Can Women Minister? – 1 Timothy 2:11-16

Adam and Eve by Rembrandt
Adam and Eve by Rembrandt (Photo credit: Wikipedia)

Let a woman learn quietly with all submissiveness. I do not permit a woman to teach or to exercise authority over a man; rather, she is to remain quiet. For Adam was formed first, then Eve; and Adam was not deceived, but the woman was deceived and became a transgressor. Yet she will be saved through childbearing—if they continue in faith and love and holiness, with self-control. (ESV)

In the previous section, I deliberately left one possible argument unaddressed: “But what about when Paul says, ‘If there is anything they [women] desire to learn, let them ask their husbands at home’? How does that tie in with your argument about women being permitted to prophesy?” I did so both because the major commentators I consulted all wrestle with the prophecy issue, which makes it the stronger argument, but also because I wanted to tie in the subject of women learning and teaching with the above passage from 1 Timothy 2:11-16.

Verse 11 directly contradicts the notion that women expected women to only learn from their own husbands at home–as indeed does both his own example and that of the Lord Yeshua. Yeshua’s band included a number of women who actually financed the mission (Luke 8:1-3), and he personally taught Mary, who sat at his feet as any rabbinic disciple would (10:39, 42). He also taught a certain Samaritan woman while waiting by a well (John 4), breaking two conventions of Jewish society at the same time. Paul in turn taught a group of Jewish women who gathered near a river in Phillipi, noting that one Lydia was especially attentive and led her whole household in immersing into the name of Yeshua (Acts 16:13-15).

In none of these cases did either Yeshua or Paul refuse to teach the women personally. This again proves that Paul must have been quoting someone else’s position in 1 Corinthians 14 rather than presenting his own.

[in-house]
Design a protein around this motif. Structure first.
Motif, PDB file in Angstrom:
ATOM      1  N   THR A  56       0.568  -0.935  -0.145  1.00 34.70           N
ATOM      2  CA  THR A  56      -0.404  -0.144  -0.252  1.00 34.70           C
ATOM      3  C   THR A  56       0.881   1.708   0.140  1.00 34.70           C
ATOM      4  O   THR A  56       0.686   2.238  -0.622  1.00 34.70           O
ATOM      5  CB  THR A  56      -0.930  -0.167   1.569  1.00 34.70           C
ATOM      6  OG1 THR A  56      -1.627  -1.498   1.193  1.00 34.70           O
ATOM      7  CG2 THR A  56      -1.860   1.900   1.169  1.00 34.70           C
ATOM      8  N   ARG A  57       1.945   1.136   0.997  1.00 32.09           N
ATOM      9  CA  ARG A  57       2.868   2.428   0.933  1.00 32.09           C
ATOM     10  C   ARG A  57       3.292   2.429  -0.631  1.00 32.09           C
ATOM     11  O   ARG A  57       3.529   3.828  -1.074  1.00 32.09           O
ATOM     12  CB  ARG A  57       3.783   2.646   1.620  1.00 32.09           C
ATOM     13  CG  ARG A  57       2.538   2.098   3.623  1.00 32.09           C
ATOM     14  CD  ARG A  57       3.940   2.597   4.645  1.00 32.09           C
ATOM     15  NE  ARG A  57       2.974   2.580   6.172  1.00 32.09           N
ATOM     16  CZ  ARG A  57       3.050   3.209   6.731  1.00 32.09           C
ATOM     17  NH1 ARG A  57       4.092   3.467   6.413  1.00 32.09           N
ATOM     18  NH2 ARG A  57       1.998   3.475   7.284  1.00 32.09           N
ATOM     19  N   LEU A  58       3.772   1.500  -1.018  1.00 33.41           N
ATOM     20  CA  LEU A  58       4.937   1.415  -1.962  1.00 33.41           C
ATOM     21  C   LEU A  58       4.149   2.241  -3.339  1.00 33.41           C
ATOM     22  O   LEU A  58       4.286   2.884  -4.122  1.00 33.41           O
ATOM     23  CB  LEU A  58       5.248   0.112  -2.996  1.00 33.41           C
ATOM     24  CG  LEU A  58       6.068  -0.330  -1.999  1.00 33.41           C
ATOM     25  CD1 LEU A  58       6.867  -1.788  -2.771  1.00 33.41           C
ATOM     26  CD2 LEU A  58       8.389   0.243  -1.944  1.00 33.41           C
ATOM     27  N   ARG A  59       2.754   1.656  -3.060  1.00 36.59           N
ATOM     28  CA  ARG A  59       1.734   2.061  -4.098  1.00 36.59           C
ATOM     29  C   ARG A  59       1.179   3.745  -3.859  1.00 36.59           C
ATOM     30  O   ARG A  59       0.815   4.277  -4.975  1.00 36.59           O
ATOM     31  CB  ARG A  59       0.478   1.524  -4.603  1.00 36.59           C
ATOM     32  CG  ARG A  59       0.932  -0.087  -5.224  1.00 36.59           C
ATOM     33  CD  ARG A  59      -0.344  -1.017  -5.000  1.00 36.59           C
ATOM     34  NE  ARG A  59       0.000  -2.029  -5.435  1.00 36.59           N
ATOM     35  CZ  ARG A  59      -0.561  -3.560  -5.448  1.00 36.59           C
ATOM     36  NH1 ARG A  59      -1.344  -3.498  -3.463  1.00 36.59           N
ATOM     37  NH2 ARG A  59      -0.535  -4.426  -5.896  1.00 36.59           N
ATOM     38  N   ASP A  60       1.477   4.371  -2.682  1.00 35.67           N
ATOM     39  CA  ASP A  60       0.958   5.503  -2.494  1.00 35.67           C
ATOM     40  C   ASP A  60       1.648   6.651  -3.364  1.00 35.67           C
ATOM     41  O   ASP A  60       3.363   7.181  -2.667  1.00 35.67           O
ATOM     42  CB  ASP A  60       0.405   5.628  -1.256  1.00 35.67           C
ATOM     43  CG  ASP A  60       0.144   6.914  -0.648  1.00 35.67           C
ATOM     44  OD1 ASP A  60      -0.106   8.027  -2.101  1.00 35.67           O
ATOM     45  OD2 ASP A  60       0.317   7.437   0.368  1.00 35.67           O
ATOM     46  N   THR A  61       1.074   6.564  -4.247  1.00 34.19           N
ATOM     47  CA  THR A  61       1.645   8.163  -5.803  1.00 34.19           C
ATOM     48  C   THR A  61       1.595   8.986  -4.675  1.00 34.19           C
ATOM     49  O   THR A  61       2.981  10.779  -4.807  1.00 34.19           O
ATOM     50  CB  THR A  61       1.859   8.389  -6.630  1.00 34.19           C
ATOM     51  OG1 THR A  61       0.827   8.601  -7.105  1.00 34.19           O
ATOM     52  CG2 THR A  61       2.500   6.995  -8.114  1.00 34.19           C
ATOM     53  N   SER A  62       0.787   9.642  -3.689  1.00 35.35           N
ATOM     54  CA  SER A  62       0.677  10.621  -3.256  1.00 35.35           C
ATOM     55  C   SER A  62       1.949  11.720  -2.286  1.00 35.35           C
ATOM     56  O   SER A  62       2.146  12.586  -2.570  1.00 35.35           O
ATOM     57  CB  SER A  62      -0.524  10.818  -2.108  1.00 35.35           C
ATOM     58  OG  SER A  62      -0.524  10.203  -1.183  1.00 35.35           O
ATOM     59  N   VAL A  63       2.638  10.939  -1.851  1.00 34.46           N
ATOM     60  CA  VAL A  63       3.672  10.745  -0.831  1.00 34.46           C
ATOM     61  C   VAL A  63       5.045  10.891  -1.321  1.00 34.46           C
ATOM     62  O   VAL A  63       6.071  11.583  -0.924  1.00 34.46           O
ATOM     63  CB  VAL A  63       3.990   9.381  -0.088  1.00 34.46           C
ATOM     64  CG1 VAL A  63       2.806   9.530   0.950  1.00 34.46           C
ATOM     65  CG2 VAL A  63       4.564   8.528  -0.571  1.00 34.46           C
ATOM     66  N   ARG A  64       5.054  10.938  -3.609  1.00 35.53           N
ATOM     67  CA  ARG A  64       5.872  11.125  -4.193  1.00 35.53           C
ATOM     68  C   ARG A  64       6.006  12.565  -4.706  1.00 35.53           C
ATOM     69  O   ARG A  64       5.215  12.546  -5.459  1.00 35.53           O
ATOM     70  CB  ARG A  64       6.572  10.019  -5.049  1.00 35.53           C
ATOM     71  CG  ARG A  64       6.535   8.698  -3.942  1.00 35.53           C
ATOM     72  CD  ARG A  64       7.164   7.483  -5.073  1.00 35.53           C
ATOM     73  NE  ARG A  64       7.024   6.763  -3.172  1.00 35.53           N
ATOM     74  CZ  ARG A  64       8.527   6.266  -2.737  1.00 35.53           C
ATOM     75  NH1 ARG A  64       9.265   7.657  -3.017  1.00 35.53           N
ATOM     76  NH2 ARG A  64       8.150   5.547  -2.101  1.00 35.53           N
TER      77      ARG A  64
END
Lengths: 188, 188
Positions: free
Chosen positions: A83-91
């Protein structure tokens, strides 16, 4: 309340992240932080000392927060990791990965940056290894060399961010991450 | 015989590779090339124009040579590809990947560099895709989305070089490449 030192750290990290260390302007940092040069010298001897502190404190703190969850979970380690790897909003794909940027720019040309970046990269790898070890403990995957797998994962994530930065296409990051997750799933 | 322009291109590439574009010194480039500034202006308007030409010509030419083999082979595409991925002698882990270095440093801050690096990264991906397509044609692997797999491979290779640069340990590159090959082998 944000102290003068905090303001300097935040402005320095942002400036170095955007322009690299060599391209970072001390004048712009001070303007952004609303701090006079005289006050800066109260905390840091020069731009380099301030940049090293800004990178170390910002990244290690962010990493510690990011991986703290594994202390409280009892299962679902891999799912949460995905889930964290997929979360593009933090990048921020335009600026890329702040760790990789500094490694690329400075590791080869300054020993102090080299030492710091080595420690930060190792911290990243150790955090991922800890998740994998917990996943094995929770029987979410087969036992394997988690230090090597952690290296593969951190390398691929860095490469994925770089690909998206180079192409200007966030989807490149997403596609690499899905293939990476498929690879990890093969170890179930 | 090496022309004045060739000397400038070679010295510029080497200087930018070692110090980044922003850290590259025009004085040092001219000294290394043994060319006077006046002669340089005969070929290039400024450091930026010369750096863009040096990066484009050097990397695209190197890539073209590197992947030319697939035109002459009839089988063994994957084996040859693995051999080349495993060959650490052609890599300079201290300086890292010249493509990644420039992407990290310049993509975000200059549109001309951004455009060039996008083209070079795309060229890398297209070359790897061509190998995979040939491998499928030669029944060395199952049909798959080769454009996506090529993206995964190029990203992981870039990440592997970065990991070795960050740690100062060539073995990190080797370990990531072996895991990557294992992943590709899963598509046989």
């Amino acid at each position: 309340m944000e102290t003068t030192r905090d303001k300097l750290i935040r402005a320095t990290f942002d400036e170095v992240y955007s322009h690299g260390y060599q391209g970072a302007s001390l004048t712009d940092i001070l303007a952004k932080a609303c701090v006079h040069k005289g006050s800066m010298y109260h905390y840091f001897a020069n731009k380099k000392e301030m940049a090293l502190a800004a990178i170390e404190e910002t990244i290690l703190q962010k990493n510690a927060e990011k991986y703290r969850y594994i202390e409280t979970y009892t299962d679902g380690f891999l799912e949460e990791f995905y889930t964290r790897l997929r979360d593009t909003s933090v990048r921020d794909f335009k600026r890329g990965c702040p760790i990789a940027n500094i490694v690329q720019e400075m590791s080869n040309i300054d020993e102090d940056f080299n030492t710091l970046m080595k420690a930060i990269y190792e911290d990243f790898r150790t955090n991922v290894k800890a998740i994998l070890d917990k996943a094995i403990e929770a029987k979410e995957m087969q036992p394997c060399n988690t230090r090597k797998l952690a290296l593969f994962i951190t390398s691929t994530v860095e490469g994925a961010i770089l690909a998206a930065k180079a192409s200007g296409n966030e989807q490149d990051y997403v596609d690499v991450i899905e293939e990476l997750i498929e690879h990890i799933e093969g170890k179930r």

But what does Paul mean here when he says, “Let a woman learn quietly with all submissiveness”? Well, the word “quietly,” hesychia (used also in v.12), doesn’t mean “utter silence,” but simply the quietness that goes with a willingness to listen instead of arguing, or to live in peace instead of meddling in the affairs of others, and is used of men as well as women (cf. Acts 22:2, 2Th. 3:12).

But what about the word “subjection”? We’ll come back to that in a moment.

Verse 12 is where the trouble lies: “I do not permit a woman to teach or to exercise authority over a man; rather, she is to remain quiet.” Taken together with 1 Corinthians 14, this is often given as proof against women having any public role in the Church. And yet, the same problems with that interpretation of the Corinthians passage plague this one: There is a clear precedent for prophetesses in the Bible, including at least one who served as judge and ruler over Israel; and Paul had indicated that women may prophesy if dressed modestly, which by the necessity of the role of a prophet ascribes to the woman a certain authority given by the Holy One himself!